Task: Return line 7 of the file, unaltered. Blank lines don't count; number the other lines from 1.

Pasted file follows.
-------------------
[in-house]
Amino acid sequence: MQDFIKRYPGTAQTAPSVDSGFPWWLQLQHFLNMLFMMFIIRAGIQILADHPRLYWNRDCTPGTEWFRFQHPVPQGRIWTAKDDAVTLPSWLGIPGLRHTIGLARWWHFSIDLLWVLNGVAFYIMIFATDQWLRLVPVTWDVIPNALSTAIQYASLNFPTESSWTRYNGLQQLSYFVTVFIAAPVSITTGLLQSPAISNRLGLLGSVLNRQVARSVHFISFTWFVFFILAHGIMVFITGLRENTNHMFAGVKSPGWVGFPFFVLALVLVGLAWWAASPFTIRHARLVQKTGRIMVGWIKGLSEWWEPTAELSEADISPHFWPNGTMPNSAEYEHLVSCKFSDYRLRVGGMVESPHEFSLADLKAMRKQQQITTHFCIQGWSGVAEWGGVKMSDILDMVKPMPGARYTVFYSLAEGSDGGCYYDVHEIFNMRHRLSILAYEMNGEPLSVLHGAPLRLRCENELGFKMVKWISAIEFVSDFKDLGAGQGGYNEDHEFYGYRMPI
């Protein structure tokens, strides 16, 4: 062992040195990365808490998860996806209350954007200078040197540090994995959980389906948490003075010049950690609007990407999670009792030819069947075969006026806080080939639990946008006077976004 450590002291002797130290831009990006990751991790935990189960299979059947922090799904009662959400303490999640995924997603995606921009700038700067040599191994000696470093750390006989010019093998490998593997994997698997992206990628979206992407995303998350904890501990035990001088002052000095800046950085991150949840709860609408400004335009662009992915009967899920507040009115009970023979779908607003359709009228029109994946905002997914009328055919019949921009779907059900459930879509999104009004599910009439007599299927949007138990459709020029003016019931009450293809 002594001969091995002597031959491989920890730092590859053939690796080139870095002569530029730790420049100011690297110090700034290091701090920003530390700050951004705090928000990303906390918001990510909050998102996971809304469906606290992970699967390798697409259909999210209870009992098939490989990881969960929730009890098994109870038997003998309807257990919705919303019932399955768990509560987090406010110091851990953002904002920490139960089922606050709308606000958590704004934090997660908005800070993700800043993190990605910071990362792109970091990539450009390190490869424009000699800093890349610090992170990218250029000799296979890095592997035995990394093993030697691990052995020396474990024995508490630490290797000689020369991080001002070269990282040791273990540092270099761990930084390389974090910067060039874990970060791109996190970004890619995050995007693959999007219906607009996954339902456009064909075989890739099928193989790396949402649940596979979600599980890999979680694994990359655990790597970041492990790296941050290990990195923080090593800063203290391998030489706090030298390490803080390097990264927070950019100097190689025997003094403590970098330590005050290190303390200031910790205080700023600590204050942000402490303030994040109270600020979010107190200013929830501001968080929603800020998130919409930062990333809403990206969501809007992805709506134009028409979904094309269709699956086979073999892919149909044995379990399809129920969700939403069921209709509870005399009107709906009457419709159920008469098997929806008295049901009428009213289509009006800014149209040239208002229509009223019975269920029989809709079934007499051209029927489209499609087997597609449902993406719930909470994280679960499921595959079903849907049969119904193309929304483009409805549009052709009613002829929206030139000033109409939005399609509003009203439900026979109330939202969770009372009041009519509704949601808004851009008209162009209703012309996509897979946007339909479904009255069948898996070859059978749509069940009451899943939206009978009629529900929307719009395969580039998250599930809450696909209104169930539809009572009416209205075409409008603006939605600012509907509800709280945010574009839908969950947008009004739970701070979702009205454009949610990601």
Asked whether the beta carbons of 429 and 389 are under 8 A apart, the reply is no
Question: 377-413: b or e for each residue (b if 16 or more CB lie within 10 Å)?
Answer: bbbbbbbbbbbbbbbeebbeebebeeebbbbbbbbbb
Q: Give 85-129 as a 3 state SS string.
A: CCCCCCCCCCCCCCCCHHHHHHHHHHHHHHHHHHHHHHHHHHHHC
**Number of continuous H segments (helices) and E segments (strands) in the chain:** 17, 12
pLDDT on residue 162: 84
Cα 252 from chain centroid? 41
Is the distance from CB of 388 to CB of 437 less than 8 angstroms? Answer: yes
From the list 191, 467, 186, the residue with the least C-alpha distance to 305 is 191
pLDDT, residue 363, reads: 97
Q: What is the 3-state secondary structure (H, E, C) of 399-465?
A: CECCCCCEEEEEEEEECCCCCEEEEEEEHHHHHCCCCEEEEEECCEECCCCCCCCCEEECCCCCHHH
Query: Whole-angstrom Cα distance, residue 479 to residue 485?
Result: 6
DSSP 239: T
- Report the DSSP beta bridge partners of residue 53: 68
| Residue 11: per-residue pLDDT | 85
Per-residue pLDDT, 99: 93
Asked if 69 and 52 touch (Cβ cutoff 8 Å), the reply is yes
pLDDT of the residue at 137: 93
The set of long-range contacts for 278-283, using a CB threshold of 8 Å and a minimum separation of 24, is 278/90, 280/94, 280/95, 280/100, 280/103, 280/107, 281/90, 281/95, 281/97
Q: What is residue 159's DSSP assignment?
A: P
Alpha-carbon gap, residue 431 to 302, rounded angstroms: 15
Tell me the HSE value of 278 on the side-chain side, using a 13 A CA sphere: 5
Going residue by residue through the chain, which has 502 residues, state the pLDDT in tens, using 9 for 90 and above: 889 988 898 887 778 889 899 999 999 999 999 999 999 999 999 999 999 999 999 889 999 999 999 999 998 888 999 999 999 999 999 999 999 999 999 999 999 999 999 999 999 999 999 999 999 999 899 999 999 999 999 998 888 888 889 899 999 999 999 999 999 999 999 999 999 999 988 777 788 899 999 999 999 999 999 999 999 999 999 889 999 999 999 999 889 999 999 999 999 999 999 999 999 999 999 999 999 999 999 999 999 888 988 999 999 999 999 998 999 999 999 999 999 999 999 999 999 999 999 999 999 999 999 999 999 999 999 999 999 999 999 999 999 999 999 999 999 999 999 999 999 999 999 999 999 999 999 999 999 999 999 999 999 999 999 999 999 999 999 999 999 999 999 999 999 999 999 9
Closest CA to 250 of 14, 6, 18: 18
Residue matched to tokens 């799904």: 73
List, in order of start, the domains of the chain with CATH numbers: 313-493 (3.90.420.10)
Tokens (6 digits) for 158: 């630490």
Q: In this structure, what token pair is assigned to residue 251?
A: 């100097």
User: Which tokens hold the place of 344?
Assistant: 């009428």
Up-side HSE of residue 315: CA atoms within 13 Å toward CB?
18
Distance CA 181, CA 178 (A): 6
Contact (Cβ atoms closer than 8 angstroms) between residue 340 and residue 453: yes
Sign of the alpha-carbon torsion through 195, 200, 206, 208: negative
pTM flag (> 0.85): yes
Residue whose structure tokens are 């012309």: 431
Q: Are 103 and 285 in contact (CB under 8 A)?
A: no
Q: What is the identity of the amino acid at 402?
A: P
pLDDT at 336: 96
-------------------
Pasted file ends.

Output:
Q: Give 85-129 as a 3 state SS string.